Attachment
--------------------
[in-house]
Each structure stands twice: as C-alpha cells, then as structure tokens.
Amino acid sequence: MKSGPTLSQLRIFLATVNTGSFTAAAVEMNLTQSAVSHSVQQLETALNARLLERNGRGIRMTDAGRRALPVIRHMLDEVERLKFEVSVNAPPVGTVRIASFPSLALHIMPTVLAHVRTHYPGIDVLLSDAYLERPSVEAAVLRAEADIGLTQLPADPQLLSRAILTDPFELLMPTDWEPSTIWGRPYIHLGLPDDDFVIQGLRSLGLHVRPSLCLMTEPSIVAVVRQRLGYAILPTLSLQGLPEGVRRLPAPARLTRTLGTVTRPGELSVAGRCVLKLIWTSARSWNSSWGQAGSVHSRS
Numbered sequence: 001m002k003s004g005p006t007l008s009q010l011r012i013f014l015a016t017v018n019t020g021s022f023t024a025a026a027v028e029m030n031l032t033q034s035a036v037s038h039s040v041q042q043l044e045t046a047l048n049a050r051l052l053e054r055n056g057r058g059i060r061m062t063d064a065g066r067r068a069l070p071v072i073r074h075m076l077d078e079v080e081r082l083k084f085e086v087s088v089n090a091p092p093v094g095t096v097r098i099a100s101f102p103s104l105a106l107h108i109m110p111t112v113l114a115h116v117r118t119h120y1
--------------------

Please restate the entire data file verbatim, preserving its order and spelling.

[in-house]
Each structure stands twice: as C-alpha cells, then as structure tokens.
Amino acid sequence: MKSGPTLSQLRIFLATVNTGSFTAAAVEMNLTQSAVSHSVQQLETALNARLLERNGRGIRMTDAGRRALPVIRHMLDEVERLKFEVSVNAPPVGTVRIASFPSLALHIMPTVLAHVRTHYPGIDVLLSDAYLERPSVEAAVLRAEADIGLTQLPADPQLLSRAILTDPFELLMPTDWEPSTIWGRPYIHLGLPDDDFVIQGLRSLGLHVRPSLCLMTEPSIVAVVRQRLGYAILPTLSLQGLPEGVRRLPAPARLTRTLGTVTRPGELSVAGRCVLKLIWTSARSWNSSWGQAGSVHSRS
Numbered sequence: 001m002k003s004g005p006t007l008s009q010l011r012i013f014l015a016t017v018n019t020g021s022f023t024a025a026a027v028e029m030n031l032t033q034s035a036v037s038h039s040v041q042q043l044e045t046a047l048n049a050r051l052l053e054r055n056g057r058g059i060r061m062t063d064a065g066r067r068a069l070p071v072i073r074h075m076l077d078e079v080e081r082l083k084f085e086v087s088v089n090a091p092p093v094g095t096v097r098i099a100s101f102p103s104l105a106l107h108i109m110p111t112v113l114a115h116v117r118t119h120y1